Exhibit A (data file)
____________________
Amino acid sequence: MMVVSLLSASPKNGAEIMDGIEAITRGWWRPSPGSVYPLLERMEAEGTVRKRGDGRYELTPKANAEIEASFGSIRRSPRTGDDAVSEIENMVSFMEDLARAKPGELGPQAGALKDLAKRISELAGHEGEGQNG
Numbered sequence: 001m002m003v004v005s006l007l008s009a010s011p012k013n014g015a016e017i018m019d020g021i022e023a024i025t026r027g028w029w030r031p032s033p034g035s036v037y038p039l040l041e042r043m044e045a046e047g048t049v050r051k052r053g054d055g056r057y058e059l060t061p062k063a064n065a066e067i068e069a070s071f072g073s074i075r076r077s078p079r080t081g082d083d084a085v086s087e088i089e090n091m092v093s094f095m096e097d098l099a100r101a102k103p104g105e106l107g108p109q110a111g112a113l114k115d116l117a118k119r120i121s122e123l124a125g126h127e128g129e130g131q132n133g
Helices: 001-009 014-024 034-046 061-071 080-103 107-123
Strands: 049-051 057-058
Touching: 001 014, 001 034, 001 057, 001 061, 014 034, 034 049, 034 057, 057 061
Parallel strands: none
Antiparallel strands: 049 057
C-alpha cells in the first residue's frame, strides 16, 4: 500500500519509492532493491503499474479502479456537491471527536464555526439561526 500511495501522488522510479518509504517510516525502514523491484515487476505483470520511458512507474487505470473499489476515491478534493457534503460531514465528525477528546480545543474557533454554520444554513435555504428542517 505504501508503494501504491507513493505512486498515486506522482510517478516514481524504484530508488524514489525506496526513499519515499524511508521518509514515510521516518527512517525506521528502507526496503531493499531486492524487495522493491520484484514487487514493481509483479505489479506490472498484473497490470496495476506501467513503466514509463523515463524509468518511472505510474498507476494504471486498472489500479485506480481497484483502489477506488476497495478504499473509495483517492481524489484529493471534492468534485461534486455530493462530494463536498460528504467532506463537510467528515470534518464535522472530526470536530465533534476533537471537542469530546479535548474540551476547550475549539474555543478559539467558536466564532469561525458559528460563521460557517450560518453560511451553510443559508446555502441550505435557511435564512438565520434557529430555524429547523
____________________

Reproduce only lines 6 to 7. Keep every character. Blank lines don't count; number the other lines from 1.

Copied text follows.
Parallel strands: none
Antiparallel strands: 049 057